Today we are continuing to read “Explore Like a Pirate”, by Michael Matera. Thanks to Rachael at Sweet Sweet Primary for putting this book linky together for us.
Today we explore chapter 3: New World, Old World.
I love how Michael Matera begins this chapter.
He states, “As an educational explorer, you have creative confidence to forge out into the unknown. Trust in the process, and believe in yourself.”
This first sentence of chapter 3 really made me think. I think one reason that so many teachers do not try new strategies or playing games because there is the fear of the unknown. I know I have definitely been there? Have you?
There have been times when I wanted to to try something new and I stopped, unsure and not believing in myself or that something would work. Michael Matera is absolutely correct when he says that we have to “trust in the process, and believe in yourself.” Without those two things, we can not begin to gamify the classroom and bring our teaching into the New World!
According to Michael Matera, using gamification in the classroom will bring us from the Old World of teaching into the New World of teaching. Instead of controlling, we have have freedom and flexibility. Instead of producing followers, we will produce risk takers. Instead of a plotted path, there will be a sense of exploration and discovery. In the place of quiet compliance, there will be creative confidence. In the Old World, there was an automations of knowledge but in the New World we have independent artistic thinkers. We will also create heroes and a sense of wanderlust, spirit, and passion. These are all ways that every teacher wants to connect and inspire their students. I AM SOLD! 🙂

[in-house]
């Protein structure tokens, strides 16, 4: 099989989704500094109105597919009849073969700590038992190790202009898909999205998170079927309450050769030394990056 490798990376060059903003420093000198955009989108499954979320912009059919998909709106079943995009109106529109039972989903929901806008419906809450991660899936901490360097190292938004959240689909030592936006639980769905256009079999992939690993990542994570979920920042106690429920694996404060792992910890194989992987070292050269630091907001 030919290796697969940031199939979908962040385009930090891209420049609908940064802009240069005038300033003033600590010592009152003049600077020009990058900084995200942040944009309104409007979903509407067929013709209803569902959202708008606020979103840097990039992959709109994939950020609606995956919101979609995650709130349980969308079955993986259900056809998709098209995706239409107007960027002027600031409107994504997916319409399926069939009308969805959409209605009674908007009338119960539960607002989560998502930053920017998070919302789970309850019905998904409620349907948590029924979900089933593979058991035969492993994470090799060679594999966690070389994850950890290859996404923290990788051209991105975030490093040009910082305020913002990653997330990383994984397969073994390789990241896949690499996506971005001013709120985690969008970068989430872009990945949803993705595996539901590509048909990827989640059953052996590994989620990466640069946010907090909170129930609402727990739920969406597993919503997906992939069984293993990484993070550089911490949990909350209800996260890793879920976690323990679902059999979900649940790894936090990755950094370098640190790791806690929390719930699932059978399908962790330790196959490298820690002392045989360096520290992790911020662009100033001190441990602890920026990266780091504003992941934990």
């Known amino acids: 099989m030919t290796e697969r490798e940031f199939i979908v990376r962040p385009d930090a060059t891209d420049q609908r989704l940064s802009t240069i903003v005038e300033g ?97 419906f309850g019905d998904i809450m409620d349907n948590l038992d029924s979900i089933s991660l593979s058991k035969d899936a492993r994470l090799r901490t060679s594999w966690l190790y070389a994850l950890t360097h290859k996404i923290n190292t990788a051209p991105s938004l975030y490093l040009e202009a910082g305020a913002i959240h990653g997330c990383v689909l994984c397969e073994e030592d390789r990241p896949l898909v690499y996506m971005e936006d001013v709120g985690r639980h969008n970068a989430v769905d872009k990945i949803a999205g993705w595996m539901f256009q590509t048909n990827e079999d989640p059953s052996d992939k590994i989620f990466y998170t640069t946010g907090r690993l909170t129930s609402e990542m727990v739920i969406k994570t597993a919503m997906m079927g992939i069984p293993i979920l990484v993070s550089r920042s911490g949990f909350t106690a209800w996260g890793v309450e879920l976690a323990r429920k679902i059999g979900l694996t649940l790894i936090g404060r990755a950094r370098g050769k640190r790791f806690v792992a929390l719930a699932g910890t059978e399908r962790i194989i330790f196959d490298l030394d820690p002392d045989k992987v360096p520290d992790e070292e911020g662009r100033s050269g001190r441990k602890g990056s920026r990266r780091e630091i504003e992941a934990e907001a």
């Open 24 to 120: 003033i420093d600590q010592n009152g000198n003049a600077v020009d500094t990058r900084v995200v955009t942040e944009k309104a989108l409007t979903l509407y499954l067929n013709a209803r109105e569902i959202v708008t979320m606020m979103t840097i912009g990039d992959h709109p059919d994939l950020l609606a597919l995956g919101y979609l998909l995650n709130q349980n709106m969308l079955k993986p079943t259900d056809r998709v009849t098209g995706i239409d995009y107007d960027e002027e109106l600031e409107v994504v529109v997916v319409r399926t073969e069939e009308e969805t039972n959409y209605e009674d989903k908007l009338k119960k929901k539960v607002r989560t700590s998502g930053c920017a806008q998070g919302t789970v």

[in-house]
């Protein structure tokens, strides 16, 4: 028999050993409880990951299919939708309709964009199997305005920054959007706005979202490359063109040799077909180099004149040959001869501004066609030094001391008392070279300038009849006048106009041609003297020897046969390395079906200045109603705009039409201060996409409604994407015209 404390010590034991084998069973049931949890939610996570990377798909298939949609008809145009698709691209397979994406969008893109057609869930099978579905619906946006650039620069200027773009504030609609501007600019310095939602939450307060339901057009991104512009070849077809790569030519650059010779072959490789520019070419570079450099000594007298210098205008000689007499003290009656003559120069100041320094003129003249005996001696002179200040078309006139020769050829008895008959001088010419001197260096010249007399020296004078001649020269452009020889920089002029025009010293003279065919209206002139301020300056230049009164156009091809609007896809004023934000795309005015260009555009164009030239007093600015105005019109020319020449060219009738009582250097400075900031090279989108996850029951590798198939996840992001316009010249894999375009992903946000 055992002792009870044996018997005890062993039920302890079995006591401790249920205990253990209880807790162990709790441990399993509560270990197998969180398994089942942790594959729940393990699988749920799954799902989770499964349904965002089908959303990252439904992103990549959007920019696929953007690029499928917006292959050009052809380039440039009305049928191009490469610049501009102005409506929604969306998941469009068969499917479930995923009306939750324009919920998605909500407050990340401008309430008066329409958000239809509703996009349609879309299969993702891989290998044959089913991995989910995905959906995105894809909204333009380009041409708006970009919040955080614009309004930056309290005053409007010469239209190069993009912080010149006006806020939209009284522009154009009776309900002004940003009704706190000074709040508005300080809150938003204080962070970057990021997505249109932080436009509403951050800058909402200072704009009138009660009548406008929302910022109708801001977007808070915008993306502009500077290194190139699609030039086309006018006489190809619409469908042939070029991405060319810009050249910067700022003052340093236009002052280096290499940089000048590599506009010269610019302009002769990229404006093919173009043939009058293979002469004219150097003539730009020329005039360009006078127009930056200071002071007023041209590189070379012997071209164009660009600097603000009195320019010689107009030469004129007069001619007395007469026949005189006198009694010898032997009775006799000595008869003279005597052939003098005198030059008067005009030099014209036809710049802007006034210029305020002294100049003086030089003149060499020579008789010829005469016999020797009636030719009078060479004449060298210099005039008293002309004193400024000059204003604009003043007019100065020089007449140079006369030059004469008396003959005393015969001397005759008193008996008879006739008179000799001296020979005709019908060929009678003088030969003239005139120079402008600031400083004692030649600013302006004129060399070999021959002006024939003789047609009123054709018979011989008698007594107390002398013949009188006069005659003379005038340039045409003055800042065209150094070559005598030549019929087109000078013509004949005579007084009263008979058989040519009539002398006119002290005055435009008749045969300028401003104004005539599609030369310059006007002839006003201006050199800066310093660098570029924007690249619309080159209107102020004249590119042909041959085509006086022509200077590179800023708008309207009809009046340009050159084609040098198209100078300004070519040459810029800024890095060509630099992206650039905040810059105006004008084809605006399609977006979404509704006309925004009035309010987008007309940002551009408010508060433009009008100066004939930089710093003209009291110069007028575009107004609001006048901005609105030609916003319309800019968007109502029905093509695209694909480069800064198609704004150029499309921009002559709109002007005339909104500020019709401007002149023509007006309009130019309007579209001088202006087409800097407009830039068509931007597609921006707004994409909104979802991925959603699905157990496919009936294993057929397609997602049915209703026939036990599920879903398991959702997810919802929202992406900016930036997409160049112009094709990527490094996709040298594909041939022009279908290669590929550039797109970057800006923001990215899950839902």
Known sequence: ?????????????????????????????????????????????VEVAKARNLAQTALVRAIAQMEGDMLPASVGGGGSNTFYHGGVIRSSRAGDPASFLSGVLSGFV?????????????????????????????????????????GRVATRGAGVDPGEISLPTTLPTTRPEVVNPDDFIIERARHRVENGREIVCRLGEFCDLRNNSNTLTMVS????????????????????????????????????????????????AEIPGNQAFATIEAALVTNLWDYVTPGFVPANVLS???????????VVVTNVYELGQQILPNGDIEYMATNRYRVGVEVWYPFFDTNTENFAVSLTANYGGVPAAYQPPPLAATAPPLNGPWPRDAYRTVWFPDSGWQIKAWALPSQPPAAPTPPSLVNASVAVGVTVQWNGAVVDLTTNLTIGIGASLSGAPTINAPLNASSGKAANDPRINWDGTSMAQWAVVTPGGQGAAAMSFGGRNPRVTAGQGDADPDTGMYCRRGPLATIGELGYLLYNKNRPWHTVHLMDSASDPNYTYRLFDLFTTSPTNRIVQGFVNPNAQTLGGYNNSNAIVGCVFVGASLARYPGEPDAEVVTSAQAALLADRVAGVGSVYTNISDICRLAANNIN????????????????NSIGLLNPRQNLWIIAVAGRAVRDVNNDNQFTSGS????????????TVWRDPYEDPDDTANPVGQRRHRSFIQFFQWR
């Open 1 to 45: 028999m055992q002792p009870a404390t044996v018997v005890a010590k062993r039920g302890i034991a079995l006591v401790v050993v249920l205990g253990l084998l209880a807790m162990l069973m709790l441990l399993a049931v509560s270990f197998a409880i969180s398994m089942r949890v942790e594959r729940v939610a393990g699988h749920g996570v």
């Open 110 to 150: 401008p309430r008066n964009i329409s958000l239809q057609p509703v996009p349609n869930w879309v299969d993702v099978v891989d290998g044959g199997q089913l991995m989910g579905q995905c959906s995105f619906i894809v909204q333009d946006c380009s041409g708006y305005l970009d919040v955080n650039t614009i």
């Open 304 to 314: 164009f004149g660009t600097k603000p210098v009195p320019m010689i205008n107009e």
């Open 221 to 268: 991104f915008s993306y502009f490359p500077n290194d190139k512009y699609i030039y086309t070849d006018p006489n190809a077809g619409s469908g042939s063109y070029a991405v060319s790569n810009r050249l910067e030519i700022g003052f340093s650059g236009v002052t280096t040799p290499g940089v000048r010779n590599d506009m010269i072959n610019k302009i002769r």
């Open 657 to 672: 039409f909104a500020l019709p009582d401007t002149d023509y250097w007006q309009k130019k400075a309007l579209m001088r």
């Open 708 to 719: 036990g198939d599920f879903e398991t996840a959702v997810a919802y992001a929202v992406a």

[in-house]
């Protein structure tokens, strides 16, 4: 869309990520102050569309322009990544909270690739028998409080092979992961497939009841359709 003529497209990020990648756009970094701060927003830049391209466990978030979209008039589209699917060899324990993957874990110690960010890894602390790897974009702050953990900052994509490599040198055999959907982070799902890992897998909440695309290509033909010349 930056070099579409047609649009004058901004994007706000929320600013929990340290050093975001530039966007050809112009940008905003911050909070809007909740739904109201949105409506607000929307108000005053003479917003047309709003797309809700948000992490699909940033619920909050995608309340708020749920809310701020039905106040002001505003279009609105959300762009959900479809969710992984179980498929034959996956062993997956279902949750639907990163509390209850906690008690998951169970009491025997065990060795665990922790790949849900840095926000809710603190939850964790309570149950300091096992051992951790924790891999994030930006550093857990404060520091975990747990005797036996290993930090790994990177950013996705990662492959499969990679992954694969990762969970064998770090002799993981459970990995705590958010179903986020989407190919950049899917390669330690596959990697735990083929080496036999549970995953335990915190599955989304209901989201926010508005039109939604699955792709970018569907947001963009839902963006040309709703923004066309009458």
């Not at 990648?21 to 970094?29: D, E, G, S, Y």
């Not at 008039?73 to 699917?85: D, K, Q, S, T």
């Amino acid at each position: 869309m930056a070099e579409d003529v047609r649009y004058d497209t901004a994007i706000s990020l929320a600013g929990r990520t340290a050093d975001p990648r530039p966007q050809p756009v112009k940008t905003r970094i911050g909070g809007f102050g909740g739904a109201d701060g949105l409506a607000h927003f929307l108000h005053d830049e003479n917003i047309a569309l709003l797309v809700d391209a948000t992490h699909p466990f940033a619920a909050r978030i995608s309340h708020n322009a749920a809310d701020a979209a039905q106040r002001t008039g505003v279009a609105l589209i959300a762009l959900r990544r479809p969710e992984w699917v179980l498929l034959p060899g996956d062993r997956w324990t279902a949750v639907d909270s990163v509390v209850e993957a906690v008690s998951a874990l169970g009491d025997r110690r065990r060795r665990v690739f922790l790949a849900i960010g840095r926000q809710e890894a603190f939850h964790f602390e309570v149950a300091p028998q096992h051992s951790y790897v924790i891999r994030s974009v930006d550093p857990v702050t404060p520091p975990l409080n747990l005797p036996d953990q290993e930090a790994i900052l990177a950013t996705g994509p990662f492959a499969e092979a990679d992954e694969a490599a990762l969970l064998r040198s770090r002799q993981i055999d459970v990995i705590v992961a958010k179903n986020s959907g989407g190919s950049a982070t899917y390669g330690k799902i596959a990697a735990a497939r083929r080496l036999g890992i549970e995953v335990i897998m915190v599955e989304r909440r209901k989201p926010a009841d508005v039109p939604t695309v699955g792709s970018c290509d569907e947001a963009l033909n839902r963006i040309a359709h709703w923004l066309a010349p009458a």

Another line that stood out for me was, “We are not teaching standards, we are teaching students-children who have passions, questions, and the drive to make a difference.” Too often, teaching the standards are thought of first. How can I teach the standards? What standard does this lesson teach? We have to remember that we are teaching students first. By gamifying the classroom, students become self motivated and overcome challenges. The children are invested in their learning. What teacher does not want his or her children to be self-motivated and invested in their learning?
As I continued reading chapter 3, I realized how once the children are familiar with the game setting or levels, it is easy to make a change. Often times we learn something new in at a conference, a meeting, or at staff development and we don’t implement it right away. We say, “I’ll wait for next semester, or next year.” Once our classroom is gamified, we don’t have to wait to make a change or to introduce something new that we learned. We can do use that strategy or new material the very next day! YES! I don’t know about you…but I know I am definitely guilty of not implementing something new until the next year. Do you do the same?
I love Michael Matera’s example of his scavenger hunt while studying Egypt. I never really thought of doing a scavenger hunt. I’m already thinking about how to incorporate a scavenger hunt with my kiddos. Have I mentioned that I am STILL in school. I have 5 days left. This might be a perfect time to try something new!
Any thoughts on how I can incorporate a scavenger hunt maybe in geometry with my 2nd graders? Maybe a shape is missing to construct a building and I can have riddles for the students to follow… HMMMM.
I can’t wait to share chapter 4 with you!
Thanks for stopping by and saying hi,